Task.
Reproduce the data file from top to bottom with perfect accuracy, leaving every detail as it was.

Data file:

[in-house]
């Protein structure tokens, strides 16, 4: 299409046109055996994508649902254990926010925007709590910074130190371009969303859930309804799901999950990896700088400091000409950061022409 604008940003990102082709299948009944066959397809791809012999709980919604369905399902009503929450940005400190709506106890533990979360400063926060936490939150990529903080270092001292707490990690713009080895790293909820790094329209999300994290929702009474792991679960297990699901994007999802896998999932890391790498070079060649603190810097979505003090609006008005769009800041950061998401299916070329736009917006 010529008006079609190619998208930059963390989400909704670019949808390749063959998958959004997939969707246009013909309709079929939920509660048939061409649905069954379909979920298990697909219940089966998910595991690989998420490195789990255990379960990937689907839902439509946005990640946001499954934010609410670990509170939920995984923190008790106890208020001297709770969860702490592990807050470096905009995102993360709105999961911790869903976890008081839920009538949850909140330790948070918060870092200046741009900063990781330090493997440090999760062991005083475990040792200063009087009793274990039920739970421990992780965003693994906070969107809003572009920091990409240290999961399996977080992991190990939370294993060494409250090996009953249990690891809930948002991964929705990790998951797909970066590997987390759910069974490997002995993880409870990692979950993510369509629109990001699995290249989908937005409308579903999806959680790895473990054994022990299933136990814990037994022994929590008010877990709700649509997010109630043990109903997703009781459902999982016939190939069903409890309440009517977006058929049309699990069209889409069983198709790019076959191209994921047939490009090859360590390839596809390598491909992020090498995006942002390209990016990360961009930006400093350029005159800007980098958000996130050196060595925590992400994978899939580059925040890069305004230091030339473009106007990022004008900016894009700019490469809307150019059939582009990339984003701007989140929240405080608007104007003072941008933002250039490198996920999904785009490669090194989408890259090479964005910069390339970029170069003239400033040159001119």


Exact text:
[in-house]
């Protein structure tokens, strides 16, 4: 299409046109055996994508649902254990926010925007709590910074130190371009969303859930309804799901999950990896700088400091000409950061022409 604008940003990102082709299948009944066959397809791809012999709980919604369905399902009503929450940005400190709506106890533990979360400063926060936490939150990529903080270092001292707490990690713009080895790293909820790094329209999300994290929702009474792991679960297990699901994007999802896998999932890391790498070079060649603190810097979505003090609006008005769009800041950061998401299916070329736009917006 010529008006079609190619998208930059963390989400909704670019949808390749063959998958959004997939969707246009013909309709079929939920509660048939061409649905069954379909979920298990697909219940089966998910595991690989998420490195789990255990379960990937689907839902439509946005990640946001499954934010609410670990509170939920995984923190008790106890208020001297709770969860702490592990807050470096905009995102993360709105999961911790869903976890008081839920009538949850909140330790948070918060870092200046741009900063990781330090493997440090999760062991005083475990040792200063009087009793274990039920739970421990992780965003693994906070969107809003572009920091990409240290999961399996977080992991190990939370294993060494409250090996009953249990690891809930948002991964929705990790998951797909970066590997987390759910069974490997002995993880409870990692979950993510369509629109990001699995290249989908937005409308579903999806959680790895473990054994022990299933136990814990037994022994929590008010877990709700649509997010109630043990109903997703009781459902999982016939190939069903409890309440009517977006058929049309699990069209889409069983198709790019076959191209994921047939490009090859360590390839596809390598491909992020090498995006942002390209990016990360961009930006400093350029005159800007980098958000996130050196060595925590992400994978899939580059925040890069305004230091030339473009106007990022004008900016894009700019490469809307150019059939582009990339984003701007989140929240405080608007104007003072941008933002250039490198996920999904785009490669090194989408890259090479964005910069390339970029170069003239400033040159001119």